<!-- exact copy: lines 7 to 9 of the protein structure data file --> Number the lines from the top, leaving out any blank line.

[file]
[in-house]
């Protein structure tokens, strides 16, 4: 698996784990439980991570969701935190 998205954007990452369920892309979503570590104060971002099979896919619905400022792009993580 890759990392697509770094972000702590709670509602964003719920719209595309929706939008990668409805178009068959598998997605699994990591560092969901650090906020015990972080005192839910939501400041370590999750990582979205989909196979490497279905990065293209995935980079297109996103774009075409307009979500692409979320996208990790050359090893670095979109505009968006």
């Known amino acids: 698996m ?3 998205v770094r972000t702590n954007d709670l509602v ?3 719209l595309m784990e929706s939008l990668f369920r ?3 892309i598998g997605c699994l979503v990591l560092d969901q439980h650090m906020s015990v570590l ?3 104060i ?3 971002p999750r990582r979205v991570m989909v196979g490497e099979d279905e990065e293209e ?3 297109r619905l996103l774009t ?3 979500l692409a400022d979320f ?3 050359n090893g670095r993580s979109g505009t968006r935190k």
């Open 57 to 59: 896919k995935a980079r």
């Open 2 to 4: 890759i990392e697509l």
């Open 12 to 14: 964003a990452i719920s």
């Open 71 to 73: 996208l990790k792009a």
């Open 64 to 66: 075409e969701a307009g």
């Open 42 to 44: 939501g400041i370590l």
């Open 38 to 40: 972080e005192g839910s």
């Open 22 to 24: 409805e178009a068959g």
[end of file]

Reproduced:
């Open 71 to 73: 996208l990790k792009a």
């Open 64 to 66: 075409e969701a307009g």
């Open 42 to 44: 939501g400041i370590l």